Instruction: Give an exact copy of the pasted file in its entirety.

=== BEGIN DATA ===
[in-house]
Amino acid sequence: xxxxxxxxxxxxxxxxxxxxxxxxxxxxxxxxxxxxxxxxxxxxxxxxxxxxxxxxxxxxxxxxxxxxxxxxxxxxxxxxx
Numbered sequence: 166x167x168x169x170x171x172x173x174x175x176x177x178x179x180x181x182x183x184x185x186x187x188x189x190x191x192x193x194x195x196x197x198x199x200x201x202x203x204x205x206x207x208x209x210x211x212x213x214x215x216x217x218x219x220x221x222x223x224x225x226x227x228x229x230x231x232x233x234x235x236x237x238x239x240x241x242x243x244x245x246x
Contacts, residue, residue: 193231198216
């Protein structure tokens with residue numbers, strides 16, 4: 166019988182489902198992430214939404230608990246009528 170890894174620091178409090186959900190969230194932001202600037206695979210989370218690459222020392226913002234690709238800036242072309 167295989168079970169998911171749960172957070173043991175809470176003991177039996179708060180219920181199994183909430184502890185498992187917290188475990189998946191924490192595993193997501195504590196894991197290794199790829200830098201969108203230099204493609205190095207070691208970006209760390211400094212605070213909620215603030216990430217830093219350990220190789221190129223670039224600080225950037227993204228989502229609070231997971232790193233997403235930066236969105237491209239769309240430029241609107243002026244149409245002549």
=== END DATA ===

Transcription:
[in-house]
Amino acid sequence: xxxxxxxxxxxxxxxxxxxxxxxxxxxxxxxxxxxxxxxxxxxxxxxxxxxxxxxxxxxxxxxxxxxxxxxxxxxxxxxxx
Numbered sequence: 166x167x168x169x170x171x172x173x174x175x176x177x178x179x180x181x182x183x184x185x186x187x188x189x190x191x192x193x194x195x196x197x198x199x200x201x202x203x204x205x206x207x208x209x210x211x212x213x214x215x216x217x218x219x220x221x222x223x224x225x226x227x228x229x230x231x232x233x234x235x236x237x238x239x240x241x242x243x244x245x246x
Contacts, residue, residue: 193231198216
């Protein structure tokens with residue numbers, strides 16, 4: 166019988182489902198992430214939404230608990246009528 170890894174620091178409090186959900190969230194932001202600037206695979210989370218690459222020392226913002234690709238800036242072309 167295989168079970169998911171749960172957070173043991175809470176003991177039996179708060180219920181199994183909430184502890185498992187917290188475990189998946191924490192595993193997501195504590196894991197290794199790829200830098201969108203230099204493609205190095207070691208970006209760390211400094212605070213909620215603030216990430217830093219350990220190789221190129223670039224600080225950037227993204228989502229609070231997971232790193233997403235930066236969105237491209239769309240430029241609107243002026244149409245002549």